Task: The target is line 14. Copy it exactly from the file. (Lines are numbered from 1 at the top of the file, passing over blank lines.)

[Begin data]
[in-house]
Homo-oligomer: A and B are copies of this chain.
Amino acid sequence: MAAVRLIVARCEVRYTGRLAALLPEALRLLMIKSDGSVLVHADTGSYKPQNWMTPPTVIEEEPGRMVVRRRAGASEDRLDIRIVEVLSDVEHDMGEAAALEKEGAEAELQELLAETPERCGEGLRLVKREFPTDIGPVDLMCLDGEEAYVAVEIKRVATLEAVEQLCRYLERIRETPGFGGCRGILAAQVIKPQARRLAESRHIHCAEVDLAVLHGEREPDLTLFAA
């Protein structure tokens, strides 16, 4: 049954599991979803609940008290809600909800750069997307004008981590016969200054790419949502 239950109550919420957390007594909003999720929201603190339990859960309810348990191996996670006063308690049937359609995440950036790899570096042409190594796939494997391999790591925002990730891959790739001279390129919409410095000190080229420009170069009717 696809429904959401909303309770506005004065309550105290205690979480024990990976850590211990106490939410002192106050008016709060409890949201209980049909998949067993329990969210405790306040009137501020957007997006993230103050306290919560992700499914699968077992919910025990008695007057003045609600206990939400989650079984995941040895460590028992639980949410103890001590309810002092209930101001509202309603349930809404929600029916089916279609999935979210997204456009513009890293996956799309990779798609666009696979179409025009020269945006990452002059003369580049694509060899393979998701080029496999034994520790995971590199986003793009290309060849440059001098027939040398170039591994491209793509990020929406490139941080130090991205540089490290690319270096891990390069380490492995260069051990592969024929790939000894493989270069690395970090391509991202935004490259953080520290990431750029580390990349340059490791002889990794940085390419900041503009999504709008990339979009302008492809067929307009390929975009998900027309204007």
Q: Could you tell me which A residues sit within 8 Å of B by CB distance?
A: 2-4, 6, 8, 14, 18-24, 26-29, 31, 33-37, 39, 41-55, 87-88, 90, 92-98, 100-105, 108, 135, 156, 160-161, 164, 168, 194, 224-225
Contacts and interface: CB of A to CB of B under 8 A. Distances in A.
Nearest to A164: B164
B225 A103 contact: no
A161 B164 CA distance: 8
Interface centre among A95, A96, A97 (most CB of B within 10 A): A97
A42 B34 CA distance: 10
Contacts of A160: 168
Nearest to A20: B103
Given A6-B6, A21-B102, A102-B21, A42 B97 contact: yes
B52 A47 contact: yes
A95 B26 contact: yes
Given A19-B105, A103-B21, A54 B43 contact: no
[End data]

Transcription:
Nearest to A20: B103